In my last article, I gave a quick heads-up on the fact that a new set of regulations covering Data Protection have come out of Brussels and that the UK government (and by extension, UK businesses) will have to comply by 25 May 2018. I finished off by saying that Brexit won’t get us out of having to comply and that in any case, we should use the opportunity to get control of your data and demonstrate to others that we know what we’re doing with it.

So, what are the differences between the current Data Protection Act 1998 (DPA) and new GDPR regulations? The following is not a complete list and I’ve missed out some of the details for the benefit of this article.

  1. The definition of ‘Personal Data’ has expanded to any form of identifier that can uniquely identify an individual e.g. if you record a computer’s IP address and you can identify a person from that, it is covered by GDPR.
  2. Under the DPA, Subject Access Requests could be carried out for £10. Under GDPR, they have to be processed for free (with some exceptions) and answered within a month.
  3. The Information Commissioner’s Office (ICO) must be informed within 72 hours of data breaches that risk affecting the rights and freedoms of individuals. The decision on whether a data breach is so serious, the ICO needs to be informed is down to you, but if you don’t tell them, you should be ready to justify your decision.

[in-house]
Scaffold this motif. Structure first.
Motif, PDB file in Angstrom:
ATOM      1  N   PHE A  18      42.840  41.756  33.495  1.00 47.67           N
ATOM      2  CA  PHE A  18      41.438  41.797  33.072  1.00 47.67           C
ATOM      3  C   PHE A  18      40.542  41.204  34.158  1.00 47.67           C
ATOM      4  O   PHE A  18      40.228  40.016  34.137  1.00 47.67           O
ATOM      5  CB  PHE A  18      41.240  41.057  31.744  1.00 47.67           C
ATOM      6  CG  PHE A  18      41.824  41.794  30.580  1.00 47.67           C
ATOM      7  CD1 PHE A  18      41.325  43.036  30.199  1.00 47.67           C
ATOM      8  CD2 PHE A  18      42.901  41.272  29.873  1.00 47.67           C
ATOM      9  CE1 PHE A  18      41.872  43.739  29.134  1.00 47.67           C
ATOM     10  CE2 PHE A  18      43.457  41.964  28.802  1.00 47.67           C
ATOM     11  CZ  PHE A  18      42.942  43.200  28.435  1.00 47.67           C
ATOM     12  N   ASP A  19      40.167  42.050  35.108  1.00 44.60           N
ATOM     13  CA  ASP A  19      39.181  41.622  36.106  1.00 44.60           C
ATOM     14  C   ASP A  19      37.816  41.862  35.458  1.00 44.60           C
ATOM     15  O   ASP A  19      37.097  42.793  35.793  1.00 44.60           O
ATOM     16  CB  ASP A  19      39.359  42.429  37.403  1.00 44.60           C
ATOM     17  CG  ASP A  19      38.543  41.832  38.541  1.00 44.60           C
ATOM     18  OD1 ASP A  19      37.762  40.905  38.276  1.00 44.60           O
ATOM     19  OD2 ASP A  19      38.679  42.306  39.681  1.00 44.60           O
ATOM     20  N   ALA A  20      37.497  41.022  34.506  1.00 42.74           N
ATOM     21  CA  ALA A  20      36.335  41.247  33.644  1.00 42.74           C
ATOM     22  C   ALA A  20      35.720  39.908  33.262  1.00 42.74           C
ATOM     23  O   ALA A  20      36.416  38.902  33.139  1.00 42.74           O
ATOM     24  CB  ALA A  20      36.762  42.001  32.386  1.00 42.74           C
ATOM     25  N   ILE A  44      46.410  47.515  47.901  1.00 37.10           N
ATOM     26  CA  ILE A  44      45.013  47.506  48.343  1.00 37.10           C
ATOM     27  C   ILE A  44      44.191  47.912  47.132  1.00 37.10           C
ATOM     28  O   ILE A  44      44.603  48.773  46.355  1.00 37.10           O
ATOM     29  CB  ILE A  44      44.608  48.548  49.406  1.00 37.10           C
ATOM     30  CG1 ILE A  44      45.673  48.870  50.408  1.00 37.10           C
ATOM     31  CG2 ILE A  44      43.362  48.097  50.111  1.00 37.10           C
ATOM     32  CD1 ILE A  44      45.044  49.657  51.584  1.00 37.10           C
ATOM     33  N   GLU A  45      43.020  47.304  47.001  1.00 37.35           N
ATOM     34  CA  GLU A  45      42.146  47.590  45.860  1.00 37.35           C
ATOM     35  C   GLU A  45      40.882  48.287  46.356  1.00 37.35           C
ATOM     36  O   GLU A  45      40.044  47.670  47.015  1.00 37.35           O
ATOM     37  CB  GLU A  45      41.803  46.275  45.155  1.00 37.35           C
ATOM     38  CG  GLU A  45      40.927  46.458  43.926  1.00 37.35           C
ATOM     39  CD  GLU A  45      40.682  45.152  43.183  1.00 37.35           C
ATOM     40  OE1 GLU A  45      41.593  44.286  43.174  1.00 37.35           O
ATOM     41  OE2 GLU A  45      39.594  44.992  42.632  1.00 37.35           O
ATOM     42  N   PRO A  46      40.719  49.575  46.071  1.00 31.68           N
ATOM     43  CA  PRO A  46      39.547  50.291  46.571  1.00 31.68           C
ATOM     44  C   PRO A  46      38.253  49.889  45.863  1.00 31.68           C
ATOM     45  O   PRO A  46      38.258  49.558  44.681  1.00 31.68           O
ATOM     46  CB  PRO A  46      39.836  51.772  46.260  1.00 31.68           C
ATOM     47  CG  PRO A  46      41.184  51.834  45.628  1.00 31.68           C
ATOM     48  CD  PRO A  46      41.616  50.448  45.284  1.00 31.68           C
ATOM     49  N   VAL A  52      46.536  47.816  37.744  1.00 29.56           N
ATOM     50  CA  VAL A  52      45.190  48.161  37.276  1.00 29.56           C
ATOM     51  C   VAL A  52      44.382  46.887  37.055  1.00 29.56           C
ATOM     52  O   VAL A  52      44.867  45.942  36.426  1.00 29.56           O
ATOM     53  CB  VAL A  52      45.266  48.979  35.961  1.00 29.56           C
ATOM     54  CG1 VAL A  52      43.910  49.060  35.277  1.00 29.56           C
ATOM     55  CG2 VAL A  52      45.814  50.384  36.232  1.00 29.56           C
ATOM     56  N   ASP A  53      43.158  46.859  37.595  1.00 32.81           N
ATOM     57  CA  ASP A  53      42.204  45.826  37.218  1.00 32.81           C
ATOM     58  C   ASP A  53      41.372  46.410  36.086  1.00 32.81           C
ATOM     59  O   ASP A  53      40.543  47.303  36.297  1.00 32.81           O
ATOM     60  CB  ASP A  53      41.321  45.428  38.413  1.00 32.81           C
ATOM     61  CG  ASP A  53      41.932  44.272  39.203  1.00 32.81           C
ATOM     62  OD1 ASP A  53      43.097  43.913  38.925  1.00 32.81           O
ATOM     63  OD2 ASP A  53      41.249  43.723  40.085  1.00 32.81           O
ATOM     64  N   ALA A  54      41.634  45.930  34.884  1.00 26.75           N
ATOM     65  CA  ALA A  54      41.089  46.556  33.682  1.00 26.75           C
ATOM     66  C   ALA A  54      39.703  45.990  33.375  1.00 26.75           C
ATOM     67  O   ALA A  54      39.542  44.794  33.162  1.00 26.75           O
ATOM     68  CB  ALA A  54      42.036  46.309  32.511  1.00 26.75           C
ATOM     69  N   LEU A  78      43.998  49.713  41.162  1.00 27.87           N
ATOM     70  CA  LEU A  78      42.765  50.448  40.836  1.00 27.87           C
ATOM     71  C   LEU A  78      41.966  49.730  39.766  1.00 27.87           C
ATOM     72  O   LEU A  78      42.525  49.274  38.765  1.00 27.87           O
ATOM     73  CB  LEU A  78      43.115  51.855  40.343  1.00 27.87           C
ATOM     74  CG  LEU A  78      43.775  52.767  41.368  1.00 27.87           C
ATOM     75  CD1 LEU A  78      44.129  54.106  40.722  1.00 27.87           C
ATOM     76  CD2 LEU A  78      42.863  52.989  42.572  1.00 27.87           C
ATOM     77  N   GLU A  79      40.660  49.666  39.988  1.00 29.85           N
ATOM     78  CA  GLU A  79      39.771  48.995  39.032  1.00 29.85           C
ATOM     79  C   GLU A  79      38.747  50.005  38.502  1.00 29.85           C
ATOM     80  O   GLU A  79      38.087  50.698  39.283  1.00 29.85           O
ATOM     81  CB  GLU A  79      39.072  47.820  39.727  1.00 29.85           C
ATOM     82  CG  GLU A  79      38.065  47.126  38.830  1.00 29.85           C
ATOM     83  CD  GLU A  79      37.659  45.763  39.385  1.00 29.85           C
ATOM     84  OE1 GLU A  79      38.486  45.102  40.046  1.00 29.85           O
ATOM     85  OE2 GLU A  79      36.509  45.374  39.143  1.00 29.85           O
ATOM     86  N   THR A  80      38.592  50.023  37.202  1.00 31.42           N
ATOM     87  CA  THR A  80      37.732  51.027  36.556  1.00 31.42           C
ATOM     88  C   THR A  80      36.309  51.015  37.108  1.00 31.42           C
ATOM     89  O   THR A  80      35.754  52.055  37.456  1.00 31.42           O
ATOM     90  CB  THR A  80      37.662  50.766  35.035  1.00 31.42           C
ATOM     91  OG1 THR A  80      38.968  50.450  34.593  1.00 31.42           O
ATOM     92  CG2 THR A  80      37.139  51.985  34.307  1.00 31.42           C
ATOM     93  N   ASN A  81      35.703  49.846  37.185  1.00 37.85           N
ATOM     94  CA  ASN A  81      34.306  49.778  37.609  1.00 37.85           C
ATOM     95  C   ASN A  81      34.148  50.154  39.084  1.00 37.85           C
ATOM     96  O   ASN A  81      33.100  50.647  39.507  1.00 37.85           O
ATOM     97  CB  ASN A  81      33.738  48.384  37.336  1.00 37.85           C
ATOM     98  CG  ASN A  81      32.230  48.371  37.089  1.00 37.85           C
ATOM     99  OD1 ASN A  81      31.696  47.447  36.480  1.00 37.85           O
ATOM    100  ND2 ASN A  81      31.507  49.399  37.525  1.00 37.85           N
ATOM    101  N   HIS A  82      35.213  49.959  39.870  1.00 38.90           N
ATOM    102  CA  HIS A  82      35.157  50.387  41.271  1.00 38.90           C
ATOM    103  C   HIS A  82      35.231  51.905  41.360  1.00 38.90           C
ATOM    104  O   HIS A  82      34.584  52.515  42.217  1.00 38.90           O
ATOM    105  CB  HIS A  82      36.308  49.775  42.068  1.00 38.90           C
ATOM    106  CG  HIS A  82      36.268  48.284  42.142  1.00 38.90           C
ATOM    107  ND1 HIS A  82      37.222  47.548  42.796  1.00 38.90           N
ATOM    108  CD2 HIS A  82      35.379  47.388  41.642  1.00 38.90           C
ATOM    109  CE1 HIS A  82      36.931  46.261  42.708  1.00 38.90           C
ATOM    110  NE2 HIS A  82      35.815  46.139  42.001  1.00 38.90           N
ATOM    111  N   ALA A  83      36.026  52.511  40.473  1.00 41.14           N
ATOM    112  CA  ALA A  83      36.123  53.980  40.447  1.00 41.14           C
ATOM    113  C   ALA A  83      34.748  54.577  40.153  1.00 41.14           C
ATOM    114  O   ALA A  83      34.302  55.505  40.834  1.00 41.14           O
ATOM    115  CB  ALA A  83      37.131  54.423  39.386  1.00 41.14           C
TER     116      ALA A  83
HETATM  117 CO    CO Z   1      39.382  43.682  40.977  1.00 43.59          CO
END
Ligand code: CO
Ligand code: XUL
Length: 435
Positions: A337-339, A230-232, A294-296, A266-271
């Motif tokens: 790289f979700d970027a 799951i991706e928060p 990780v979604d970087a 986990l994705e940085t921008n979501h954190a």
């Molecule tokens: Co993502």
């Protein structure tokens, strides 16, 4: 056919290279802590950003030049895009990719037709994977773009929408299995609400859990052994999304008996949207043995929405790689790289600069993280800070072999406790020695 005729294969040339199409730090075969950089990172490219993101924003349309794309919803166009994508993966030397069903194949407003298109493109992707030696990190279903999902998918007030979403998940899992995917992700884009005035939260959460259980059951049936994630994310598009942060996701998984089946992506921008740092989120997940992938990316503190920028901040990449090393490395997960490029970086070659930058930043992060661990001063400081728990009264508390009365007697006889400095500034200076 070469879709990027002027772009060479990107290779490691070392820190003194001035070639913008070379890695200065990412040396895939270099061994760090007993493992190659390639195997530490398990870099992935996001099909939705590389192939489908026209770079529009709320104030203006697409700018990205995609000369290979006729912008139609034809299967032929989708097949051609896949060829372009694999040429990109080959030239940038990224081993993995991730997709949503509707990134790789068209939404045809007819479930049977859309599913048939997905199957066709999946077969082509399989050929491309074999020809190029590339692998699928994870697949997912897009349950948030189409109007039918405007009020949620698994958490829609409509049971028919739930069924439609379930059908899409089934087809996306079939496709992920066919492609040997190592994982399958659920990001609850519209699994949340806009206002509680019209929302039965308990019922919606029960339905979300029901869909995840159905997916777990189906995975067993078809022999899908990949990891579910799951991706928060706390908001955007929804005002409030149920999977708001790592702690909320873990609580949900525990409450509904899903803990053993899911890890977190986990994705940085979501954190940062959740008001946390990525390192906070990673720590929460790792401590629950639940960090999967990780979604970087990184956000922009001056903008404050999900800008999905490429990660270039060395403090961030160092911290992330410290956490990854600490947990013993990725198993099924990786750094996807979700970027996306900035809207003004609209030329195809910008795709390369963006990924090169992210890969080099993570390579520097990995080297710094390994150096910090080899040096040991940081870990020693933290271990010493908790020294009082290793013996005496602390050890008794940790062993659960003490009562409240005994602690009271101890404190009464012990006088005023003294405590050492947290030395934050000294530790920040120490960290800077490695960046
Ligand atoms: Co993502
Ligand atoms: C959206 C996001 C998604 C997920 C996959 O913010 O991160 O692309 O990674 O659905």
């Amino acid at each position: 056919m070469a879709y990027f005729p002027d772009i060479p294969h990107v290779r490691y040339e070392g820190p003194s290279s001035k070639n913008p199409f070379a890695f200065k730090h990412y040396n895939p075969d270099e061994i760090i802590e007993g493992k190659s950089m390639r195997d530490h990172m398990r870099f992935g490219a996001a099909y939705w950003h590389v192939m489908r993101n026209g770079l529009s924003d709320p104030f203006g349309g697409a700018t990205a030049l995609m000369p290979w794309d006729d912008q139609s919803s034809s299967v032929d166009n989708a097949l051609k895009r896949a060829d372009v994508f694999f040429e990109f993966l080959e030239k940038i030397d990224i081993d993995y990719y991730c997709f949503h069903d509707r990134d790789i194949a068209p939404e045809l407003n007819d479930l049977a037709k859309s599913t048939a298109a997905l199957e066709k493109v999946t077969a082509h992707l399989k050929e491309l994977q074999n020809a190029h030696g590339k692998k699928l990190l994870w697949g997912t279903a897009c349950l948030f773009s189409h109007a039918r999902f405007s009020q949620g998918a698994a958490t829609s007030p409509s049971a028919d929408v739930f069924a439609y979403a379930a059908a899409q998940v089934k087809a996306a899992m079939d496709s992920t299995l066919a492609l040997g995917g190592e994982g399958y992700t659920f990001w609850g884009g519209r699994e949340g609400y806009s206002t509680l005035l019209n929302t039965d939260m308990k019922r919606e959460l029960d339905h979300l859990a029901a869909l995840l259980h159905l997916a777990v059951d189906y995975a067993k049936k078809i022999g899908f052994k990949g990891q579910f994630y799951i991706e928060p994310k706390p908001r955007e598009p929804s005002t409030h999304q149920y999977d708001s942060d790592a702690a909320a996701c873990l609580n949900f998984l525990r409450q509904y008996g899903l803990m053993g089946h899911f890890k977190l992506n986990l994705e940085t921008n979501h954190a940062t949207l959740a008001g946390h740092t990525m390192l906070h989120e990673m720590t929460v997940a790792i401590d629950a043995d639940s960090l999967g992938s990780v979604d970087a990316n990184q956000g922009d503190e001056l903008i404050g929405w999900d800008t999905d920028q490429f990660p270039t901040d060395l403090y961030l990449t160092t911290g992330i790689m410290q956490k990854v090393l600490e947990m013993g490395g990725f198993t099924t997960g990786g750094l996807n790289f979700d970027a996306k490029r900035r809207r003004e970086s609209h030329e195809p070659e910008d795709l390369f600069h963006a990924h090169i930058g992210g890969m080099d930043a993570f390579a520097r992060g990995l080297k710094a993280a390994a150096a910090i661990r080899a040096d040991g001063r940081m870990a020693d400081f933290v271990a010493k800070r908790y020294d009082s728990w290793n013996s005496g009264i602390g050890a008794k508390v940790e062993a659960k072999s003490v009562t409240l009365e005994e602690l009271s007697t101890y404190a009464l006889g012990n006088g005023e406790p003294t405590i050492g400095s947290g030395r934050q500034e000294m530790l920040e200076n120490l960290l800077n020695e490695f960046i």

4. Right to erasure – more commonly known as ‘the right to be forgotten’. This right already exists in the DPA but only applies where there is a risk of ‘unwarranted and substantial damage and distress’. In the GDPR, this right has expanded beyond its original limit but is still not a blanket right. You do however, have to justify refusal so if you can’t give a compelling reason for holding onto someone’s data, delete it.
  5. Data Portability – this is a new right under GDPR – allowing individual to reuse their data. Almost by definition this includes supplying it in a structured, machine readable form.
  6. Consent – must now be granular, unambiguous, specific to the processing activity you wish to carry out and revocable. Importantly, it can’t be assumed by silence or inactivity and has to work on an ‘opt-in’ basis.
  7. Fines – currently, the maximum the ICO can fine a company is £500K. This is going to increase to 20 million Euros of 4% of the company’s annual turnover (whichever is greater).

You need to remember that the maximum fine would only be applied in the most serious of cases and probably only those cases where the company at fault is felt to have had the resources to know better. Whatever you do, don’t think that just because the maximum fine has increased by a factor of 35, then all other fines will increase by a factor of 35 too!

This is one of a series of articles on GDPR and where the path lies to compliance. To understand more about GDPR and how I can help you, contact me at